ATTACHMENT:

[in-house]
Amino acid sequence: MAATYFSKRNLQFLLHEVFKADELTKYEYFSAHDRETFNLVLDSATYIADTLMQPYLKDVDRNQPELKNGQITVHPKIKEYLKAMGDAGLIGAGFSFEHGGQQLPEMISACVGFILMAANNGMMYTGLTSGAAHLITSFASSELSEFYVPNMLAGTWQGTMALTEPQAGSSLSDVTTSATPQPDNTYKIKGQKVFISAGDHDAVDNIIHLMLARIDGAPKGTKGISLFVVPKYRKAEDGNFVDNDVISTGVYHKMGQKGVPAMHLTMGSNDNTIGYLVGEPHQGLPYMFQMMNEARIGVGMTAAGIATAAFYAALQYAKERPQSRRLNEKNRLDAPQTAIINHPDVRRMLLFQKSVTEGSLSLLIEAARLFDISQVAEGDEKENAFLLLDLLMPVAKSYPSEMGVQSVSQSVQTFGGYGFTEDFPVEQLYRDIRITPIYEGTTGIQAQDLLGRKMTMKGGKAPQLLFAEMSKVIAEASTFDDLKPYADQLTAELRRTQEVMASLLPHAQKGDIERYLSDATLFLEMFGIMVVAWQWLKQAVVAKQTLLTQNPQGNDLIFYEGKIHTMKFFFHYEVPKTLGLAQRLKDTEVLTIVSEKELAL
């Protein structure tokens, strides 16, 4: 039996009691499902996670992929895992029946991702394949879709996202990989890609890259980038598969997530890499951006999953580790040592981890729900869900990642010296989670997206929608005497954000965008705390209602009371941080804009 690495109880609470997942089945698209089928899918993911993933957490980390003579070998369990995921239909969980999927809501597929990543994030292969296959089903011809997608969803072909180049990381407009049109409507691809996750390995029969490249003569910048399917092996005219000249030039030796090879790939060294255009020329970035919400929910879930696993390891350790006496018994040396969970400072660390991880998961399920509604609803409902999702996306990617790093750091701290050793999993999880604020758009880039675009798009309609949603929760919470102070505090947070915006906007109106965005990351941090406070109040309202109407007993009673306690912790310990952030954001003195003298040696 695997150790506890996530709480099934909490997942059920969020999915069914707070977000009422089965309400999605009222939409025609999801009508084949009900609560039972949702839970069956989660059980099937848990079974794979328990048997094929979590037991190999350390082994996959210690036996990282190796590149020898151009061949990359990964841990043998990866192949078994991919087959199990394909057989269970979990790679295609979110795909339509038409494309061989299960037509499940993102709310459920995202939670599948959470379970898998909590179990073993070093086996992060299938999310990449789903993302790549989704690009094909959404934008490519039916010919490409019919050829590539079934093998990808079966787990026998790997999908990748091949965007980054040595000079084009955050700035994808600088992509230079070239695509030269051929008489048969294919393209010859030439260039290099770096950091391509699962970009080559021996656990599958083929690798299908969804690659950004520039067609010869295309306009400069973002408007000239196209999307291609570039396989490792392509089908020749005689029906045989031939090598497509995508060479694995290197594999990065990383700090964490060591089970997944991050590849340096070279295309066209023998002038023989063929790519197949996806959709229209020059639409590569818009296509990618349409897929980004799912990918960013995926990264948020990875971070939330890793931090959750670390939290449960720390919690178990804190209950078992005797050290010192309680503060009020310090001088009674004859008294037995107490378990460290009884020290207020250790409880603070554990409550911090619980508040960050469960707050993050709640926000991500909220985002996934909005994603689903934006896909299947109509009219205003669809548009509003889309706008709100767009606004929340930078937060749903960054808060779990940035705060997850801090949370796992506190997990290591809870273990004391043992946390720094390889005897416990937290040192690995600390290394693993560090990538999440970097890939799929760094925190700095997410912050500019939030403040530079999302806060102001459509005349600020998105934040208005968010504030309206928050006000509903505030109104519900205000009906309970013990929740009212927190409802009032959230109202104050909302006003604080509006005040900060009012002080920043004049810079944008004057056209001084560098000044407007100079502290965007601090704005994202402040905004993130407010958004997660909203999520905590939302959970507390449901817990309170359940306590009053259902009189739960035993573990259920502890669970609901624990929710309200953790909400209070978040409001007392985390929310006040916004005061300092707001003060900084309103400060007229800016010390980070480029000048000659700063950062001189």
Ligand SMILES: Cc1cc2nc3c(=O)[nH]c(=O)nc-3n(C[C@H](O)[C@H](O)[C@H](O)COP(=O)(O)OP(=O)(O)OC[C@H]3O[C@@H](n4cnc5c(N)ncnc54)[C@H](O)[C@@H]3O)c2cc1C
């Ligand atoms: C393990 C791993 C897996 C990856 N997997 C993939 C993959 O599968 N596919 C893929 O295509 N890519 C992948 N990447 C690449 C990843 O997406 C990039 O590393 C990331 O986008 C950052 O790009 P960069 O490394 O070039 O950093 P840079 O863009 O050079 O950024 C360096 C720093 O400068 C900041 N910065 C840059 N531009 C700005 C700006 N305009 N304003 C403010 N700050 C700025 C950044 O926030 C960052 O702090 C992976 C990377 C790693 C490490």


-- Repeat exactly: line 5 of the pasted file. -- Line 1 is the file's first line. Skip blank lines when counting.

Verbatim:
């Ligand atoms: C393990 C791993 C897996 C990856 N997997 C993939 C993959 O599968 N596919 C893929 O295509 N890519 C992948 N990447 C690449 C990843 O997406 C990039 O590393 C990331 O986008 C950052 O790009 P960069 O490394 O070039 O950093 P840079 O863009 O050079 O950024 C360096 C720093 O400068 C900041 N910065 C840059 N531009 C700005 C700006 N305009 N304003 C403010 N700050 C700025 C950044 O926030 C960052 O702090 C992976 C990377 C790693 C490490």